Exhibit 5: Leading Brewers

 Anheuser-Busch InBev Leuven, Belgium SABMiller London, UK Heineken Amsterdam, Netherlands Kirin Holdings Co. Tokyo, Japan Asahi Tokyo, Japan FEMSA Monterrey, Mexico Carlsberg Copenhagen, Denmark Grupo Modelo Mexico City, Mexico Foster’s Group Melbourne, Australia Sapporo Holdings Ltd. Tokyo, Japan

Source: Beverage World.

Many brewers have also expanded their operations without the use of such acquisitions. For example, Anheuser-Busch had bought equity stakes and struck partnership deals with Mexico’s Grupo Modelo, China’s Tsingtao, and Chile’s CCU. Such cross-border deals have provided significant benefits to the brewing giants. To begin with, it has given them ownership of local brands that has propelled them into a dominant position in various markets around the world. Beyond this, acquisitions of foreign brewers can provide a firm with manufacturing and distribution capabilities that they could use to develop a few global brands. “The era of global brands is coming,” said Alan Clark, Budapest-based managing director of SABMiller Europe.1

Anheuser-Busch InBev is now planning to include Budweiser in its existing efforts to develop Stella Artois, Brahma, and Becks as global flagship brands. Each of these brands originated in a different location, with Budweisercoming from the United States, Stella Artois from Belgium, Brahma from Brazil, and Becks from Germany. Similarly, the newly formed SABMiller has been attempting to develop the Czech brand Pilsner Urquell into a global brand. Exports of this pilsner have doubled since SAB acquired it in 1999. John Brock, the CEO of InBev, commented, “Global brands sell at significantly higher prices, and the margins are much better than with local beers.”2

Wrestling with Change

Although the management of Heineken has moved away from the family for the first time, they have been well aware of the long-standing and well-established family traditions that would be difficult to change. Even with the appointment of non-family-members to manage the firm, a little over half of the shares of Heineken are still owned by a holding company that is controlled by the family. With the death of Freddy Heineken, the last family member to head the Dutch brewer, control has passed to his only child and heir, Charlene de Carvalho, who has insisted on having a say in all of the major decisions.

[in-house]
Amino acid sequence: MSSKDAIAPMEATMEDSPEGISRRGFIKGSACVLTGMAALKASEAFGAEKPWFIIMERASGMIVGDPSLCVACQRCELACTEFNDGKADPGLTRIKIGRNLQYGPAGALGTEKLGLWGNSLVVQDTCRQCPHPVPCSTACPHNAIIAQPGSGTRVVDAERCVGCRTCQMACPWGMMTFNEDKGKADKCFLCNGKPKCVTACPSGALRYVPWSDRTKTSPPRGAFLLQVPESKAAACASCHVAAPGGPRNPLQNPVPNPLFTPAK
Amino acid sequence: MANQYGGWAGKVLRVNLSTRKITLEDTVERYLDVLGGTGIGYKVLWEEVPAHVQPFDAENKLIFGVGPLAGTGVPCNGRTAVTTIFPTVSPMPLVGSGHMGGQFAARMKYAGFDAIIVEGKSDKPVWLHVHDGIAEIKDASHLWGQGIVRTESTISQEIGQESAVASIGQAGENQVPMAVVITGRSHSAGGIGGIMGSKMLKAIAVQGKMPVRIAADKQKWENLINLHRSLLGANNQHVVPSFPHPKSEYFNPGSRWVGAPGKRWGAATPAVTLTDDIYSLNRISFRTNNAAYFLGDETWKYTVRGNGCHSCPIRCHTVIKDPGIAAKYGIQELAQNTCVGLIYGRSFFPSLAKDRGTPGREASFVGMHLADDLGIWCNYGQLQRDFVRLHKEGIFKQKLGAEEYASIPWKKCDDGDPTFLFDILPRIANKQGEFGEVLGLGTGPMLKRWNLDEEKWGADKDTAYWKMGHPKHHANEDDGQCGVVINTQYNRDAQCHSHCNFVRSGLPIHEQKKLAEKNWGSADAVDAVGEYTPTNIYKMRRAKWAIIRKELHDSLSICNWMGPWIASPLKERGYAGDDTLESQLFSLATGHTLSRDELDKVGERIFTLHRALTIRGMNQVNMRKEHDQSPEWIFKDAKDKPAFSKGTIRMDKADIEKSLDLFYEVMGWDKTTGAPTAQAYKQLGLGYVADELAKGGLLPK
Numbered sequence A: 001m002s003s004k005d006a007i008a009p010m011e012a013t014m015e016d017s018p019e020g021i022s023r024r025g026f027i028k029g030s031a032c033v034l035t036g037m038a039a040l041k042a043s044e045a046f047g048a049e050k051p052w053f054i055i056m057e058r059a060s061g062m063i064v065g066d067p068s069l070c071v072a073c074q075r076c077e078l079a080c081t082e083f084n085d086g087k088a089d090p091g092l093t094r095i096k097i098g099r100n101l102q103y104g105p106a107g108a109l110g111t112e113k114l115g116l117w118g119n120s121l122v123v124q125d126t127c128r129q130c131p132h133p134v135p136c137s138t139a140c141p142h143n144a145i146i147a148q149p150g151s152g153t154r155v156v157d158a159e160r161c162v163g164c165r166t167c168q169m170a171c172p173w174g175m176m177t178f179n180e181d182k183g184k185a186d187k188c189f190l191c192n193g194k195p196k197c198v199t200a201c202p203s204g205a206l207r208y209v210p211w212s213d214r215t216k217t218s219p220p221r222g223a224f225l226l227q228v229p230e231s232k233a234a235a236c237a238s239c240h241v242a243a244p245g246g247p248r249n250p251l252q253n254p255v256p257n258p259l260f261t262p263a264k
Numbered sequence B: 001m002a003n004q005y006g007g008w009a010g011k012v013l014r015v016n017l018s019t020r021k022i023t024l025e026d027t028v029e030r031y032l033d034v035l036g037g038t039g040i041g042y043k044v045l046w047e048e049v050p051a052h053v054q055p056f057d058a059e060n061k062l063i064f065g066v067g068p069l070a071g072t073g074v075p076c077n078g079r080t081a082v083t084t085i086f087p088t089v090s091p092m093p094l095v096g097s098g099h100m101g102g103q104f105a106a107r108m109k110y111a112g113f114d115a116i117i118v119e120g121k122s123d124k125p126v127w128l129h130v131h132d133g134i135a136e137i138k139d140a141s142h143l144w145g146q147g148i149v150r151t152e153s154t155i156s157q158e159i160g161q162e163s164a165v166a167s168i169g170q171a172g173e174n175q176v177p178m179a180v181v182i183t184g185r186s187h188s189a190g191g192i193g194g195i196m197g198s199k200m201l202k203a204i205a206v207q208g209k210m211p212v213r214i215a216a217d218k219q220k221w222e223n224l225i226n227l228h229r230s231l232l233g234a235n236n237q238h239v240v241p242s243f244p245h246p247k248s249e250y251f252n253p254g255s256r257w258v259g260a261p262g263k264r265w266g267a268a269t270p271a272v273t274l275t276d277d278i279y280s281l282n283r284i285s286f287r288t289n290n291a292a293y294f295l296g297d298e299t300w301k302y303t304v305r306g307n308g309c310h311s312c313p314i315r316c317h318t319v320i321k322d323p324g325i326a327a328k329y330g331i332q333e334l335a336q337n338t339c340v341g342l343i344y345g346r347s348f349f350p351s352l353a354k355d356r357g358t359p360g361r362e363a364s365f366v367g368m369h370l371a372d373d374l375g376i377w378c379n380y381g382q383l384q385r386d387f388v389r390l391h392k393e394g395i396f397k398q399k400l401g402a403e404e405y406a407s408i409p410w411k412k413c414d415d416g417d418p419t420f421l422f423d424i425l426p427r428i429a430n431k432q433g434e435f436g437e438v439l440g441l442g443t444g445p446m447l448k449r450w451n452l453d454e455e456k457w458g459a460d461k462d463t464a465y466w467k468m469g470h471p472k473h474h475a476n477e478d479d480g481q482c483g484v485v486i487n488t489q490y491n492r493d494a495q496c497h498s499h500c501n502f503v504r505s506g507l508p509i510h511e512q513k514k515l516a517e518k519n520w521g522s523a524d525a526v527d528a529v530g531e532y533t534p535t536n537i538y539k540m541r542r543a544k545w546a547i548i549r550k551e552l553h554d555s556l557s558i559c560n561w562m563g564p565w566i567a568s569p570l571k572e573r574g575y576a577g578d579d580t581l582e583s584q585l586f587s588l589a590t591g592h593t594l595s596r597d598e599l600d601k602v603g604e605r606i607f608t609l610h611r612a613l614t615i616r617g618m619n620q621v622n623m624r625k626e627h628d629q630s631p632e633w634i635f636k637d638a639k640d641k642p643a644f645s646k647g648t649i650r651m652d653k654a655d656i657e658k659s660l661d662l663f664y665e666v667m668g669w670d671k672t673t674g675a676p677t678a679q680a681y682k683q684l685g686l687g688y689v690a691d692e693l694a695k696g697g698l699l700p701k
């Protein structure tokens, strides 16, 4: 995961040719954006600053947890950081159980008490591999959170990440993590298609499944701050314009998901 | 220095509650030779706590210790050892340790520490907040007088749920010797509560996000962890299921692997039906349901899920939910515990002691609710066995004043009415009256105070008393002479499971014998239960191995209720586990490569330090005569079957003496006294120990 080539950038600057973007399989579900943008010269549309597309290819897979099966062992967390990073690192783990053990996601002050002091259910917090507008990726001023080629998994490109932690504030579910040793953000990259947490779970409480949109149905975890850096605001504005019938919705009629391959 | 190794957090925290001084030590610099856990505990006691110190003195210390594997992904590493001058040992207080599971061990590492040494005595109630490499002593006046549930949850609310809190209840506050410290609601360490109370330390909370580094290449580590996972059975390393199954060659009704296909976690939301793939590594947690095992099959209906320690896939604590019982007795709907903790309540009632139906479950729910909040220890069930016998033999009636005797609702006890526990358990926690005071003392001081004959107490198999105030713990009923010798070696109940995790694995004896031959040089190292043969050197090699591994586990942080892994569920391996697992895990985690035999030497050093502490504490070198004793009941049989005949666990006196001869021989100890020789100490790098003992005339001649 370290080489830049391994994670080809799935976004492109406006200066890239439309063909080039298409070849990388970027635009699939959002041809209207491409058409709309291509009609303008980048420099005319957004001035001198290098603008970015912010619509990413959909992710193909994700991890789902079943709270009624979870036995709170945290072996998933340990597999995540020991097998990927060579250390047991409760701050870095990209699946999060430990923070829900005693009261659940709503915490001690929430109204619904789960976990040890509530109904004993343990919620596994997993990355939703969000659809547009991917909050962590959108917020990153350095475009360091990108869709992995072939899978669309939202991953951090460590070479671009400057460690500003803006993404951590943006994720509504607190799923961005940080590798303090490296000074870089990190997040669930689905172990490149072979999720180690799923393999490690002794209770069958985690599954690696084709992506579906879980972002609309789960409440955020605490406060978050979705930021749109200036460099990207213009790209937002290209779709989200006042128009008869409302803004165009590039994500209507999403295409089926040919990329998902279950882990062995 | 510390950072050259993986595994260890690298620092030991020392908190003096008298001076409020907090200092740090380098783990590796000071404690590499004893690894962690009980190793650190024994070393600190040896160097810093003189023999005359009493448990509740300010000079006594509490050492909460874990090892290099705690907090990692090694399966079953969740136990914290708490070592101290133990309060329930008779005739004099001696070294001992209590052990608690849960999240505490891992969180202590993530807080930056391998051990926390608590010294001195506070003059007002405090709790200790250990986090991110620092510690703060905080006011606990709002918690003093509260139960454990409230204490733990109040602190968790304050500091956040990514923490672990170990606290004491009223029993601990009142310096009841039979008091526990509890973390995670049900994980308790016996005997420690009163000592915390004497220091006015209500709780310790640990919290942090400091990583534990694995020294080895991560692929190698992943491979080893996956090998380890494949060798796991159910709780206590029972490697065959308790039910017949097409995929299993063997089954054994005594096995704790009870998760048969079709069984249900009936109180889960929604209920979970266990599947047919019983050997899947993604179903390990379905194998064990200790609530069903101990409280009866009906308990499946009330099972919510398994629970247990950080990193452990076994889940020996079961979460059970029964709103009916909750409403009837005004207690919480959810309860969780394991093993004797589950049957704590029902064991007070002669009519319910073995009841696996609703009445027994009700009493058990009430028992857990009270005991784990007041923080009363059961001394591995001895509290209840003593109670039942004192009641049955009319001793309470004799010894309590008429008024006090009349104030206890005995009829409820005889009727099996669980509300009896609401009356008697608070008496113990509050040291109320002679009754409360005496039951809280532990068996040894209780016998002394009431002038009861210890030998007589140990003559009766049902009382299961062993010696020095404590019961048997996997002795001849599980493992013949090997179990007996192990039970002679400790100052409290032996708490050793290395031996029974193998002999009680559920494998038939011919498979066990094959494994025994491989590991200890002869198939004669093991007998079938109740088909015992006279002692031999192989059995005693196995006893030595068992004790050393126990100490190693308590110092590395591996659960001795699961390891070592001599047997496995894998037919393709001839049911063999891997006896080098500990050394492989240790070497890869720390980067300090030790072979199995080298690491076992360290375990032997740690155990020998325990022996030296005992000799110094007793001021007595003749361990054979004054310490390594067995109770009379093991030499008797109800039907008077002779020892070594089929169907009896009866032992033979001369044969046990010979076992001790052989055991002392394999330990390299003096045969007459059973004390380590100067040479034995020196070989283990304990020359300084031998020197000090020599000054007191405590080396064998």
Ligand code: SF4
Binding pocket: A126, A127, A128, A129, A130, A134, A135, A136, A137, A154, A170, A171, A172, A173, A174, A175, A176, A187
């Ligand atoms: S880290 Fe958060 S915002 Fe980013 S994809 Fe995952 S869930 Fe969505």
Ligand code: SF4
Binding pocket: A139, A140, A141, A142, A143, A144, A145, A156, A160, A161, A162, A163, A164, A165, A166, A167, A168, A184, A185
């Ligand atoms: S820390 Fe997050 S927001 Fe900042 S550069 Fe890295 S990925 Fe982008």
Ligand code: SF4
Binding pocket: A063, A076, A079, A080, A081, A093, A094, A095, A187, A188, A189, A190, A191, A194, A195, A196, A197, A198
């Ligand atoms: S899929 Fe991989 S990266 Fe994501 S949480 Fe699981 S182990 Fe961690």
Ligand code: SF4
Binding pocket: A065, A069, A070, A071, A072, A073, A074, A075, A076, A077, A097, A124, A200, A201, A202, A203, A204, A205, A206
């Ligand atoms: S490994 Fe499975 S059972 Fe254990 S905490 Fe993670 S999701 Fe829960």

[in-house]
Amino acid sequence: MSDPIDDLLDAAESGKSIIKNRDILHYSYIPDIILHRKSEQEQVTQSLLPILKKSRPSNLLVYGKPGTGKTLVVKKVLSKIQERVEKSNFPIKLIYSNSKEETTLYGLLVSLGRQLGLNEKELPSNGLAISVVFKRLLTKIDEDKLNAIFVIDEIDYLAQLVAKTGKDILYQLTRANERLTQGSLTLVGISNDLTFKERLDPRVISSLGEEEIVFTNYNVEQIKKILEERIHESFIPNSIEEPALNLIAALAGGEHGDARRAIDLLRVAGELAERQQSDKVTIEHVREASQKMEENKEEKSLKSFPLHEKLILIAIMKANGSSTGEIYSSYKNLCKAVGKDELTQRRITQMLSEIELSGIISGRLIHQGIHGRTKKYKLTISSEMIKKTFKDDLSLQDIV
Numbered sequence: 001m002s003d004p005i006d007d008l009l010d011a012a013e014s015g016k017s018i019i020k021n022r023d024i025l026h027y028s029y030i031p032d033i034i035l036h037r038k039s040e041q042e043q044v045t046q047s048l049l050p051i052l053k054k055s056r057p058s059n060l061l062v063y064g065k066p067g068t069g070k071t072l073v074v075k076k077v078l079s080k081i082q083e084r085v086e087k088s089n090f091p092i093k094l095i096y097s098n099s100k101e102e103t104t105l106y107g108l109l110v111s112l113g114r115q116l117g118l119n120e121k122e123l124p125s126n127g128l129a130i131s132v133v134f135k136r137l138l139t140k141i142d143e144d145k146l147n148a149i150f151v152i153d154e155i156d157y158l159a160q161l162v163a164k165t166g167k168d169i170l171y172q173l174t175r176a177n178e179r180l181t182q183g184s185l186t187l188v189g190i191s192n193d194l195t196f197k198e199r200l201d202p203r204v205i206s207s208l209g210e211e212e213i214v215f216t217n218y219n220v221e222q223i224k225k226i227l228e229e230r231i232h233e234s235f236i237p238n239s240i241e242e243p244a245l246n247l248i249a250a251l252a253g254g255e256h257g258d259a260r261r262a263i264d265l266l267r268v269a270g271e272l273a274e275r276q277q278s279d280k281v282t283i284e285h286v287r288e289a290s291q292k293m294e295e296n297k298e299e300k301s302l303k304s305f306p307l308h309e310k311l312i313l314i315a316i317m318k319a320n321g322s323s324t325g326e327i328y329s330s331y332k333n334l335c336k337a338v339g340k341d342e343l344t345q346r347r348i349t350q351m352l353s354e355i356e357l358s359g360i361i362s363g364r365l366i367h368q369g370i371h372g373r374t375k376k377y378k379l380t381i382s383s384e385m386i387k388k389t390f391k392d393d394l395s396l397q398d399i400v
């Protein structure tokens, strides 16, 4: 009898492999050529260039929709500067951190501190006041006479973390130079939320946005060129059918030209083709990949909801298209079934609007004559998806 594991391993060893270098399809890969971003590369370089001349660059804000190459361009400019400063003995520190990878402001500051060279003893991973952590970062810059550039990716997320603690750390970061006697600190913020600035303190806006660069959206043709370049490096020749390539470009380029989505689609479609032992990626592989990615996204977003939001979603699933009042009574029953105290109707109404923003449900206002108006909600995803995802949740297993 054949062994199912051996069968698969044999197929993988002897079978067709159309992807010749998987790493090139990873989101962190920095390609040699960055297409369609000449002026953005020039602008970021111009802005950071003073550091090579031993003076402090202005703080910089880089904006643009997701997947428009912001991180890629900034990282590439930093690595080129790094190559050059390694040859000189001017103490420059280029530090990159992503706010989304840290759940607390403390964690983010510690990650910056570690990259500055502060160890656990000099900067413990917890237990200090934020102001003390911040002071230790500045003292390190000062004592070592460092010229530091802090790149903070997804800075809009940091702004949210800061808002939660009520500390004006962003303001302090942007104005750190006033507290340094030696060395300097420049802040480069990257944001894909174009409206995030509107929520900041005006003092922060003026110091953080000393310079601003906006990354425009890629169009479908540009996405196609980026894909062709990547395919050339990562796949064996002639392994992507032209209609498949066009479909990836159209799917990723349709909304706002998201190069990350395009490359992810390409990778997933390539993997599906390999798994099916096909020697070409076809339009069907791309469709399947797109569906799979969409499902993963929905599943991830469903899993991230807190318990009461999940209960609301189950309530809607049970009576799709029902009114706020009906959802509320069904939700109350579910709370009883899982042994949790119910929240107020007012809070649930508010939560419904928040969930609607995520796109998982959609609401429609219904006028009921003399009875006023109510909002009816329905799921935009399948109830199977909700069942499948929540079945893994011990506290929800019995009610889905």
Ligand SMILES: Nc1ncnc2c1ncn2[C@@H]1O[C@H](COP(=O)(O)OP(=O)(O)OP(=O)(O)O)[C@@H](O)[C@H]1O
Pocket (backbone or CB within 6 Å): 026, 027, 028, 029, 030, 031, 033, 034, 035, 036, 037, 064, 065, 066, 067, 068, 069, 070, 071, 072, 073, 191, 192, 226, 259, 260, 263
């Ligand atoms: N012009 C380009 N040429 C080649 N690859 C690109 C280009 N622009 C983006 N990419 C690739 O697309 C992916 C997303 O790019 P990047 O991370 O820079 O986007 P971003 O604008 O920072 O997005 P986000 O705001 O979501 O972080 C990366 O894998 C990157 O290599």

But the family members were behind some of the changes that were announced at the time of van Boxmeer’s C35C36appointment, changes that would support the company’s next phase of growth as a global organization. As part of the plan, dubbed Fit 2 Fight, the executive board was cut down from five members to three, all of whom are relatively young. Along with van Boxmeer, the board is made up of the firm’s chief operating officer and chief financial officer. Later, this board was further cut down to two members. The change is expected to assist the firm in thinking about the steps that it needs to take to win over younger customers across different markets whose tastes are still developing.

Heineken has also created management positions that would be responsible for five different operating regions and nine different functional areas. These positions were created to more clearly define different spheres of responsibility. Van Boxmeer argues that the new structure also provides incentives for people to be accountable for their performance: “There is more pressure for results, for achievement.”3 He claims the new structure has already encouraged more risk taking and boosted the level of energy within the firm.

The executive committee of Heineken was also cut down from 36 to 13 members in order to speed up the decision-making process. Besides the three members of the executive board, this management group consists of the managers who are responsible for the five different operating regions and six of the key functional areas. Van Boxmeer hopes that the reduction in the size of this group will allow the firm to combat the cumbersome consensus culture that has made it difficult for Heineken to respond swiftly to various challenges even as its industry has been experiencing considerable change.

Finally, all of the activities of Heineken have been overseen by a supervisory board, which currently consists of 10 members. Individuals that make up this board are drawn from different countries and cover a wide range of expertise and experience. They set up policies for the firm to use in making major decisions in its overall operations. Members of the supervisory board are rotated on a regular basis.

Maintaining a Premium Position